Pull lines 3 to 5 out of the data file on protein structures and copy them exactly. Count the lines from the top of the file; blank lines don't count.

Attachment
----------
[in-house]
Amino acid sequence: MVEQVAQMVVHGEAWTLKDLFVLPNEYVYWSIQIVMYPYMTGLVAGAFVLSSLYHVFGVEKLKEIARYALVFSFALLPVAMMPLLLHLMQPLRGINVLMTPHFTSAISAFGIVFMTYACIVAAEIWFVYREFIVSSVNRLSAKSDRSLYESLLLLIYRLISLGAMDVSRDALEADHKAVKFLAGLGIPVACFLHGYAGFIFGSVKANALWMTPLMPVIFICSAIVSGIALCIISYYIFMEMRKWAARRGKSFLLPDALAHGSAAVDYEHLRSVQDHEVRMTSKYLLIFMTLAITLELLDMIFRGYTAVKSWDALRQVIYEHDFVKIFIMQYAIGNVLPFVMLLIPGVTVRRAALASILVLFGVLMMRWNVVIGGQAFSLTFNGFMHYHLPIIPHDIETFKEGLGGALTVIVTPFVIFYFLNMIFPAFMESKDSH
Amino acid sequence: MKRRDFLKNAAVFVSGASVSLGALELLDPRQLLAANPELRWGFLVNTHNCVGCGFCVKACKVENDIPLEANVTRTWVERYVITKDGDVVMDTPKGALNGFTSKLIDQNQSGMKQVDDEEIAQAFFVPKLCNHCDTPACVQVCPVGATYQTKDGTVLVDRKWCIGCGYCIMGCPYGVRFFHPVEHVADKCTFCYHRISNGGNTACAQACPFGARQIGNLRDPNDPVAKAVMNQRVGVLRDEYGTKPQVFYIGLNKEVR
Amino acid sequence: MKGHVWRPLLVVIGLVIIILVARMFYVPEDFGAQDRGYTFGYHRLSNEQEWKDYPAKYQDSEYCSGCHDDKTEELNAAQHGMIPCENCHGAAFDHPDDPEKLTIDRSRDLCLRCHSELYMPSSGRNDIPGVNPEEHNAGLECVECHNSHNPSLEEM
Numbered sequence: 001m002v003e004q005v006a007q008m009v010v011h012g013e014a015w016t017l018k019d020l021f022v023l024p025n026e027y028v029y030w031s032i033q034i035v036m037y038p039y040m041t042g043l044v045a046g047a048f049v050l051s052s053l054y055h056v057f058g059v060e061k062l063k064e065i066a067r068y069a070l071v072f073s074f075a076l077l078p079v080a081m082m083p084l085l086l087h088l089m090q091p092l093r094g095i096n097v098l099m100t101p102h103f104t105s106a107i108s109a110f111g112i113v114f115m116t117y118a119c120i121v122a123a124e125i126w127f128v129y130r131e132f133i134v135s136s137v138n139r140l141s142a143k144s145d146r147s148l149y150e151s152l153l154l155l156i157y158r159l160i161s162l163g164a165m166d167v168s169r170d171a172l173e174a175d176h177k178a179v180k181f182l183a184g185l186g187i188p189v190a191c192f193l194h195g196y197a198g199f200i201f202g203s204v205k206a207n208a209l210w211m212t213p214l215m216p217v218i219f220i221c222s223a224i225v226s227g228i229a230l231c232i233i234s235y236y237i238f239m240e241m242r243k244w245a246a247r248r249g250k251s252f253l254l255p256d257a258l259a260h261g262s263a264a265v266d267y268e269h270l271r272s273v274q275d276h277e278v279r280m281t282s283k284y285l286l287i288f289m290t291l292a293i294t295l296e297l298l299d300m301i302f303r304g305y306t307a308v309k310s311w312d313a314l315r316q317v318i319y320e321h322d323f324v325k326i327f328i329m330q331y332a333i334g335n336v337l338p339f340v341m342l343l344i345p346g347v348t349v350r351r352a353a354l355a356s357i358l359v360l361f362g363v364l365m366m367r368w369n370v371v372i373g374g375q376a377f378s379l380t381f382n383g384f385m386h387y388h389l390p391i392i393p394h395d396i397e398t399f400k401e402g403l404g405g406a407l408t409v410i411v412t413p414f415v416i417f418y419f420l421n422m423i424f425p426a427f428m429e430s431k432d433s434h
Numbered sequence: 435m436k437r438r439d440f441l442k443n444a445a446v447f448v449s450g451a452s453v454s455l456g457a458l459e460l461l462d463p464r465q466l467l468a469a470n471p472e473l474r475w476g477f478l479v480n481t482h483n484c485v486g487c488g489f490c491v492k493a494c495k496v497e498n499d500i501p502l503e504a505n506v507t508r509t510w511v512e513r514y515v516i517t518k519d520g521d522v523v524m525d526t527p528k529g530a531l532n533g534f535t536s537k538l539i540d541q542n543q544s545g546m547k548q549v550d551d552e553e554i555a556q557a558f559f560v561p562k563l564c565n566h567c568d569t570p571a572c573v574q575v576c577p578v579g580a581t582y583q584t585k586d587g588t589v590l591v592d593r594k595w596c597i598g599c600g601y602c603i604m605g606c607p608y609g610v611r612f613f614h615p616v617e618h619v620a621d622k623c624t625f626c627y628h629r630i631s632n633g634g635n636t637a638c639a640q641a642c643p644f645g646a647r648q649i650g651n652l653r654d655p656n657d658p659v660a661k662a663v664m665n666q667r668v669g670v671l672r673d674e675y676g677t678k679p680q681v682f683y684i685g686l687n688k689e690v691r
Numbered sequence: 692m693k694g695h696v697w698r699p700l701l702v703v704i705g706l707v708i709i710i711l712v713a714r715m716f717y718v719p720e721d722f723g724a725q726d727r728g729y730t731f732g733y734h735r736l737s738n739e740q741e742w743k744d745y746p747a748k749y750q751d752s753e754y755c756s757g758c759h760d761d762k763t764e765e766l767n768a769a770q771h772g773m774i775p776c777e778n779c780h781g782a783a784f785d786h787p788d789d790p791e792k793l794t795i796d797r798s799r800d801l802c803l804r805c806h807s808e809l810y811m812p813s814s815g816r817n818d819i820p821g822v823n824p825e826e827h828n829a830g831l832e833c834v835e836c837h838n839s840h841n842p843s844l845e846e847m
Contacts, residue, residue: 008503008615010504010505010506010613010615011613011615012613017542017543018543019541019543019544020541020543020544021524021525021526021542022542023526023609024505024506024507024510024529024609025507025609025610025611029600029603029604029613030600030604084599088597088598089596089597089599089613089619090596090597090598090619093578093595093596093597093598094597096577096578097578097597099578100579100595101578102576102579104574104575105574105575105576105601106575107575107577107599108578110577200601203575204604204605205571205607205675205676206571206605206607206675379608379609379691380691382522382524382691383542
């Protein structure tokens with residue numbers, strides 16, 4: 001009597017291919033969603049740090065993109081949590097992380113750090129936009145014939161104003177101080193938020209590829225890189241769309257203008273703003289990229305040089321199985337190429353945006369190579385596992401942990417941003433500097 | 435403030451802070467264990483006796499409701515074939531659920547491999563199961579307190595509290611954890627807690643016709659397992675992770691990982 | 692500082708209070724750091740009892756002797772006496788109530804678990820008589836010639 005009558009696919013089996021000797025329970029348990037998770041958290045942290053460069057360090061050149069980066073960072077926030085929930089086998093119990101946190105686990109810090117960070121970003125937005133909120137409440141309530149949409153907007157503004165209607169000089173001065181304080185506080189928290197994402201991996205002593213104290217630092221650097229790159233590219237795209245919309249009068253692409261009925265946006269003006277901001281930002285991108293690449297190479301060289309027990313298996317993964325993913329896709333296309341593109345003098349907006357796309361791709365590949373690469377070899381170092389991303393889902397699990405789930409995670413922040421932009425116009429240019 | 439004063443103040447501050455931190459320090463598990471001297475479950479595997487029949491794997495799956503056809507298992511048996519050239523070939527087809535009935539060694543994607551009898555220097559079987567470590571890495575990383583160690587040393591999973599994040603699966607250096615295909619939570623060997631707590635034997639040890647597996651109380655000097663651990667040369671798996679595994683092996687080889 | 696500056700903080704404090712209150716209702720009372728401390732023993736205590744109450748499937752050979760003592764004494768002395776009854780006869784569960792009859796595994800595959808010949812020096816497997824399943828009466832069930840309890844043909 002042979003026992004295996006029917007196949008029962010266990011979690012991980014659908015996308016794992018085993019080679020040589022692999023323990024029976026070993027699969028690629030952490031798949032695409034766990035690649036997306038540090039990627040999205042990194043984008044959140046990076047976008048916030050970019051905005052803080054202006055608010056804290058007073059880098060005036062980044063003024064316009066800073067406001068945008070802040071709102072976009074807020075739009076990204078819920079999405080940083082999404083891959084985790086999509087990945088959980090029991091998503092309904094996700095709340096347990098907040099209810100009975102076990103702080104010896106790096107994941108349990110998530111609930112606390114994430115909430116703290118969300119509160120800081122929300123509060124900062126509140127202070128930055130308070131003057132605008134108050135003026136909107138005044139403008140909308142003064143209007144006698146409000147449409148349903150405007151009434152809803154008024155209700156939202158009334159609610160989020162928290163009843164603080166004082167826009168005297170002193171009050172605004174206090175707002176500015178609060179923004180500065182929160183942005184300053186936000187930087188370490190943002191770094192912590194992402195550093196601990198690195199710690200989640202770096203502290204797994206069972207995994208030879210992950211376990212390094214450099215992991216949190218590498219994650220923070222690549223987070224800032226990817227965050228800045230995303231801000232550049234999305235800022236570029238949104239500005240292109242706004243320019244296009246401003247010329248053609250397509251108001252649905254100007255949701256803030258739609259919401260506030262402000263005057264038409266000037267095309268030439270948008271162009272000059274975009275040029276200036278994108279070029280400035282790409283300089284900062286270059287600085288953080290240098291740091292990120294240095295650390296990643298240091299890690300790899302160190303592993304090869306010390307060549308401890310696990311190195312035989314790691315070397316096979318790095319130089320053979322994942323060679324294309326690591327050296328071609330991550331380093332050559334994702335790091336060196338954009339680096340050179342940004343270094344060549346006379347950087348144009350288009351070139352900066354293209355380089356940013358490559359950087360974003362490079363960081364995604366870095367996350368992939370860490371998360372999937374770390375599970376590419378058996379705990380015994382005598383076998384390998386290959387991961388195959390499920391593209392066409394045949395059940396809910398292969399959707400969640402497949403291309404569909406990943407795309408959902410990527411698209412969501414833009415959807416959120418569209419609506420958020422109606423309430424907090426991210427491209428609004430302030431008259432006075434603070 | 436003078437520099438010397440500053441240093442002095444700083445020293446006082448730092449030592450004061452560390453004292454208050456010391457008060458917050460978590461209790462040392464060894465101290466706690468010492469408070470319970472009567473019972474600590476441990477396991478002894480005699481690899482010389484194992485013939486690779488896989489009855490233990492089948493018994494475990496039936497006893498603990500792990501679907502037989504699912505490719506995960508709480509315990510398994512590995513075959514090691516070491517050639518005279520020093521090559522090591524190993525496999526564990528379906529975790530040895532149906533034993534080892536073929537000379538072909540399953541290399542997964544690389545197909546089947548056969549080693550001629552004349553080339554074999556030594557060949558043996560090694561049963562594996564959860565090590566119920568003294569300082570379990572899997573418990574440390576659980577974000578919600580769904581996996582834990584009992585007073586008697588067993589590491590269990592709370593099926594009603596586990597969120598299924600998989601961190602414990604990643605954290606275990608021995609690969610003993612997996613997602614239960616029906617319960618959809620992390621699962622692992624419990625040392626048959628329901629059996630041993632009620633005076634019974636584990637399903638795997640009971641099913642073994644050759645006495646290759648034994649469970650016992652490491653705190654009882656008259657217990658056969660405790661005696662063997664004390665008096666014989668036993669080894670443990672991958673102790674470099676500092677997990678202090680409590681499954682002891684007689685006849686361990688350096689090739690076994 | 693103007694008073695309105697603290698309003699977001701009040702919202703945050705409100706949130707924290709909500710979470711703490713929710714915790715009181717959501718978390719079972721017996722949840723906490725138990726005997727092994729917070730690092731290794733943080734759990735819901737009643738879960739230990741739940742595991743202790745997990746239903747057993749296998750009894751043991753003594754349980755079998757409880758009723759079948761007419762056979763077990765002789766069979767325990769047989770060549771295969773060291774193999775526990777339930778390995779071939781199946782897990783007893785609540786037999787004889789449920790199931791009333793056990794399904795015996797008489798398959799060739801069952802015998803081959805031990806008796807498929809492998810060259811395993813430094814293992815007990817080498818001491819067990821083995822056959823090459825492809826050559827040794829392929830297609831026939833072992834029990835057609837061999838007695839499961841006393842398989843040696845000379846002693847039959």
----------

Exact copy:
Amino acid sequence: MKRRDFLKNAAVFVSGASVSLGALELLDPRQLLAANPELRWGFLVNTHNCVGCGFCVKACKVENDIPLEANVTRTWVERYVITKDGDVVMDTPKGALNGFTSKLIDQNQSGMKQVDDEEIAQAFFVPKLCNHCDTPACVQVCPVGATYQTKDGTVLVDRKWCIGCGYCIMGCPYGVRFFHPVEHVADKCTFCYHRISNGGNTACAQACPFGARQIGNLRDPNDPVAKAVMNQRVGVLRDEYGTKPQVFYIGLNKEVR
Amino acid sequence: MKGHVWRPLLVVIGLVIIILVARMFYVPEDFGAQDRGYTFGYHRLSNEQEWKDYPAKYQDSEYCSGCHDDKTEELNAAQHGMIPCENCHGAAFDHPDDPEKLTIDRSRDLCLRCHSELYMPSSGRNDIPGVNPEEHNAGLECVECHNSHNPSLEEM
Numbered sequence: 001m002v003e004q005v006a007q008m009v010v011h012g013e014a015w016t017l018k019d020l021f022v023l024p025n026e027y028v029y030w031s032i033q034i035v036m037y038p039y040m041t042g043l044v045a046g047a048f049v050l051s052s053l054y055h056v057f058g059v060e061k062l063k064e065i066a067r068y069a070l071v072f073s074f075a076l077l078p079v080a081m082m083p084l085l086l087h088l089m090q091p092l093r094g095i096n097v098l099m100t101p102h103f104t105s106a107i108s109a110f111g112i113v114f115m116t117y118a119c120i121v122a123a124e125i126w127f128v129y130r131e132f133i134v135s136s137v138n139r140l141s142a143k144s145d146r147s148l149y150e151s152l153l154l155l156i157y158r159l160i161s162l163g164a165m166d167v168s169r170d171a172l173e174a175d176h177k178a179v180k181f182l183a184g185l186g187i188p189v190a191c192f193l194h195g196y197a198g199f200i201f202g203s204v205k206a207n208a209l210w211m212t213p214l215m216p217v218i219f220i221c222s223a224i225v226s227g228i229a230l231c232i233i234s235y236y237i238f239m240e241m242r243k244w245a246a247r248r249g250k251s252f253l254l255p256d257a258l259a260h261g262s263a264a265v266d267y268e269h270l271r272s273v274q275d276h277e278v279r280m281t282s283k284y285l286l287i288f289m290t291l292a293i294t295l296e297l298l299d300m301i302f303r304g305y306t307a308v309k310s311w312d313a314l315r316q317v318i319y320e321h322d323f324v325k326i327f328i329m330q331y332a333i334g335n336v337l338p339f340v341m342l343l344i345p346g347v348t349v350r351r352a353a354l355a356s357i358l359v360l361f362g363v364l365m366m367r368w369n370v371v372i373g374g375q376a377f378s379l380t381f382n383g384f385m386h387y388h389l390p391i392i393p394h395d396i397e398t399f400k401e402g403l404g405g406a407l408t409v410i411v412t413p414f415v416i417f418y419f420l421n422m423i424f425p426a427f428m429e430s431k432d433s434h